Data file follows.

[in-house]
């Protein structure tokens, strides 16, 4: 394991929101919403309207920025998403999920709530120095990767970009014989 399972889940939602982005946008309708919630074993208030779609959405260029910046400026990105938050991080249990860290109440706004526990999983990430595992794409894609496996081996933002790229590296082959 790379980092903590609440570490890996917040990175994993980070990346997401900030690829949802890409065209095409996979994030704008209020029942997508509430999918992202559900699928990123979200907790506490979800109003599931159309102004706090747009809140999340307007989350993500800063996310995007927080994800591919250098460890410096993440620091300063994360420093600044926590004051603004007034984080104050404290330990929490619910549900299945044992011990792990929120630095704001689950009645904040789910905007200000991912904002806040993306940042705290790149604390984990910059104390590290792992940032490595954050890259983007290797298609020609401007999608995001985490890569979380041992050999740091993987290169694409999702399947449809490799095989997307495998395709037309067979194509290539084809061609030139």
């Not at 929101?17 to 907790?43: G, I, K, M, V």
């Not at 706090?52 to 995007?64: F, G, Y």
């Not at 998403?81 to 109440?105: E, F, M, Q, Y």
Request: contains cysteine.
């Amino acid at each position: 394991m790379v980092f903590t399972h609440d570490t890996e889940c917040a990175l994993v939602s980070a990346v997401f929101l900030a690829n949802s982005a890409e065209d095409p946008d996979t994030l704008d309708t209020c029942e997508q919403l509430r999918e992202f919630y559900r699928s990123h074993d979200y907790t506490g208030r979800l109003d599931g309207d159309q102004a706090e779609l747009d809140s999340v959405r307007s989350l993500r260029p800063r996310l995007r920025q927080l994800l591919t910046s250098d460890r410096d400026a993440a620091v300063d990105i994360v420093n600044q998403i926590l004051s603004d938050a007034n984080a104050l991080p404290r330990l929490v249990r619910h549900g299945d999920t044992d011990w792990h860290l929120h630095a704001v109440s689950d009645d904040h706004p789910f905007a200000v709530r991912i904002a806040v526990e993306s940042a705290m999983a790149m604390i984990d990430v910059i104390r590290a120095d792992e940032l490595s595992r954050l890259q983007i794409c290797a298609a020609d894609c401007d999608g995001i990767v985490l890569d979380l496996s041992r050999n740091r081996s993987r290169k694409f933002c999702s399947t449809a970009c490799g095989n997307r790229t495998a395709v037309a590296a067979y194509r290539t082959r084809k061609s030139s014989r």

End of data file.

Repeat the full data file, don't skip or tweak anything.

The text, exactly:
[in-house]
């Protein structure tokens, strides 16, 4: 394991929101919403309207920025998403999920709530120095990767970009014989 399972889940939602982005946008309708919630074993208030779609959405260029910046400026990105938050991080249990860290109440706004526990999983990430595992794409894609496996081996933002790229590296082959 790379980092903590609440570490890996917040990175994993980070990346997401900030690829949802890409065209095409996979994030704008209020029942997508509430999918992202559900699928990123979200907790506490979800109003599931159309102004706090747009809140999340307007989350993500800063996310995007927080994800591919250098460890410096993440620091300063994360420093600044926590004051603004007034984080104050404290330990929490619910549900299945044992011990792990929120630095704001689950009645904040789910905007200000991912904002806040993306940042705290790149604390984990910059104390590290792992940032490595954050890259983007290797298609020609401007999608995001985490890569979380041992050999740091993987290169694409999702399947449809490799095989997307495998395709037309067979194509290539084809061609030139």
């Not at 929101?17 to 907790?43: G, I, K, M, V």
């Not at 706090?52 to 995007?64: F, G, Y």
């Not at 998403?81 to 109440?105: E, F, M, Q, Y």
Request: contains cysteine.
């Amino acid at each position: 394991m790379v980092f903590t399972h609440d570490t890996e889940c917040a990175l994993v939602s980070a990346v997401f929101l900030a690829n949802s982005a890409e065209d095409p946008d996979t994030l704008d309708t209020c029942e997508q919403l509430r999918e992202f919630y559900r699928s990123h074993d979200y907790t506490g208030r979800l109003d599931g309207d159309q102004a706090e779609l747009d809140s999340v959405r307007s989350l993500r260029p800063r996310l995007r920025q927080l994800l591919t910046s250098d460890r410096d400026a993440a620091v300063d990105i994360v420093n600044q998403i926590l004051s603004d938050a007034n984080a104050l991080p404290r330990l929490v249990r619910h549900g299945d999920t044992d011990w792990h860290l929120h630095a704001v109440s689950d009645d904040h706004p789910f905007a200000v709530r991912i904002a806040v526990e993306s940042a705290m999983a790149m604390i984990d990430v910059i104390r590290a120095d792992e940032l490595s595992r954050l890259q983007i794409c290797a298609a020609d894609c401007d999608g995001i990767v985490l890569d979380l496996s041992r050999n740091r081996s993987r290169k694409f933002c999702s399947t449809a970009c490799g095989n997307r790229t495998a395709v037309a590296a067979y194509r290539t082959r084809k061609s030139s014989r």